I studied hard at school and have always been a very driven and determined person. I went to college and then secured a place at University. I began dating and socialising more regularly, and I started working in a local shop where I met new friends, some of whom I am still in touch with today.’
What were your experiences at University?
‘I went to University away from home when I was 18. I enjoyed meeting new people, looking after myself and partying a lot more.
Whilst at University I visited a counsellor and discussed the distress I felt around my cleft. She referred me to the City health services and I saw a speech therapist who encouraged me to listen to my voice, as this was something I had never done before. I was unaware of how I really did sound to others, but gauged this by the reactions of people and their subtle facial expressions.
I eventually saw a surgeon who unfortunately had no options for me. I was then 21 years old and came to the conclusion that my cleft was something I would have to live with.’
How did your cleft affect you as you began your career?
‘After University, I spent 3 months living and working in America. I returned home and secured a job in psychiatric care, which I loved. I later trained as a social worker, qualifying at 24 years old.
In my early career, I struggled to confidently speak at multi-agency meetings and presentations. I was self-conscious, shy and lacked experience. However, as time progressed, I moved on. I developed my skills, knowledge and experience, and eventually became a Principal Social Worker.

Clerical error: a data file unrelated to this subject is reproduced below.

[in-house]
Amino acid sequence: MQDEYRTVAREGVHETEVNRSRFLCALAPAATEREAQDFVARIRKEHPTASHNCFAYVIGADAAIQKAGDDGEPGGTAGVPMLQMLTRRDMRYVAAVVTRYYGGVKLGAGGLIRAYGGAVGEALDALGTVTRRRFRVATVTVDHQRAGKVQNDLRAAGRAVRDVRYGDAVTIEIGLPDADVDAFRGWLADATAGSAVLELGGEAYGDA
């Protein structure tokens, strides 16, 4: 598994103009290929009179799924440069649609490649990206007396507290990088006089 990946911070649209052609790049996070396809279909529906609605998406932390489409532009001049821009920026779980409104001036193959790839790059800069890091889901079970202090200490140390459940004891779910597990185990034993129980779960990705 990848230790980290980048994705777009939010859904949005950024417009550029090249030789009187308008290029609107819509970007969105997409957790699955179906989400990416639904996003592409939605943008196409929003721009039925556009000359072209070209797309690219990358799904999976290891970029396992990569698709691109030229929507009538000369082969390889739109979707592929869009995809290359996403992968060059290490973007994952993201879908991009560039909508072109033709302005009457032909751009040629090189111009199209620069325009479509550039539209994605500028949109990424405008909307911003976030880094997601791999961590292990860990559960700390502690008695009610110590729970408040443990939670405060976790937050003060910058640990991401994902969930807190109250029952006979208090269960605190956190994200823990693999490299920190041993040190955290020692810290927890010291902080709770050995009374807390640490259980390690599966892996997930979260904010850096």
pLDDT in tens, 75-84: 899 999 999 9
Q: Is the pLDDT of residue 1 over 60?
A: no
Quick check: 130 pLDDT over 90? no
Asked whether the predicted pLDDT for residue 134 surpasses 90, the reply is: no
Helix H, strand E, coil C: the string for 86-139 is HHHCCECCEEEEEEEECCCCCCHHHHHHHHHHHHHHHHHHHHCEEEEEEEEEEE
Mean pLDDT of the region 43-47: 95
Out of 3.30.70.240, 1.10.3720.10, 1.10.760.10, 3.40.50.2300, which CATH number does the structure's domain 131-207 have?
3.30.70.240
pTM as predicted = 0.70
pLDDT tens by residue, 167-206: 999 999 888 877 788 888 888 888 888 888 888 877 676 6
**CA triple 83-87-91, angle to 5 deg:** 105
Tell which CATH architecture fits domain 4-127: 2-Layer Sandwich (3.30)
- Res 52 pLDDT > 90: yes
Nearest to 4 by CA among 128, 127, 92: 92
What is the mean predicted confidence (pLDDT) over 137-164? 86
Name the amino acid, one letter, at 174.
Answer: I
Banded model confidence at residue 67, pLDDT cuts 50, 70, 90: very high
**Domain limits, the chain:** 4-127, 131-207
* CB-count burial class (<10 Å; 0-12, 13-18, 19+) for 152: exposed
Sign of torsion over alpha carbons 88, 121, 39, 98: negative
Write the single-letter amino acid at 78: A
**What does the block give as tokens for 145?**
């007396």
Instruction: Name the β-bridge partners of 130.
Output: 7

I got married, had a child, and I am now happily divorced.’
How did you eventually come to have your cleft repair surgery?
‘In my 40s, my new dentist discussed the possibility of referring me for surgery, and I agreed in an attempt to see what might be available.
I have always found talking about my cleft extremely distressing, and my initial consultation was no exception. Having, and living, with a cleft was something very personal and distressing to me. My self-esteem and confidence was affected and I worried about later life. For example, what if I ended up in a care home and food got stuck in my cleft?
I met with the consultant who told me he could completely repair my cleft using buccal flap surgery. Here I was, now over 40 years of age, being offered what I had been searching for since the age of 14!
At this point I knew I had to discuss my cleft with my mother to gain more details about my medical history and inform her that I was going ahead with the operation. No wonder my cleft was a taboo subject, because my mother and father must have gone through hell looking after me in my early years.
I really liked the surgeon and after a few exploratory appointments, I felt confident that he could help me. I was placed on a waiting list and admitted for the operation.
I had to stay in hospital for 5 days and after the surgery I experienced discomfort, couldn’t talk well and struggled to eat solid foods. But, this temporary situation was worth it. The surgery went really well and the surgeon was fantastic!
I am glad I went ahead and would recommend the surgery to others. My confidence has improved because I know my cleft is fully repaired. I am now able to talk a lot more about my cleft with others without becoming distressed. My family also now talk about my cleft without it seeming like a taboo subject.’
Is there anything else you’d like to say to anyone reading this post?
‘I felt that it was important to write this story to inspire others to go ahead with this surgery if they were undecided. I also wanted to align with the cleft community because I am part of it.
In my pre-surgery life, I pretended that the cleft didn’t exist. Most people had no idea I had a cleft, but there was always the odd person who would make a negative remark about my speech and remind me of those terrible adolescent days.
I am now practicing as an Independent Social Worker, working for myself. I strongly believe that having a cleft has led me to a career in social care and I am a better social worker because of my life experience. I remain passionate about improving people’s lives for the better and challenging social injustice.’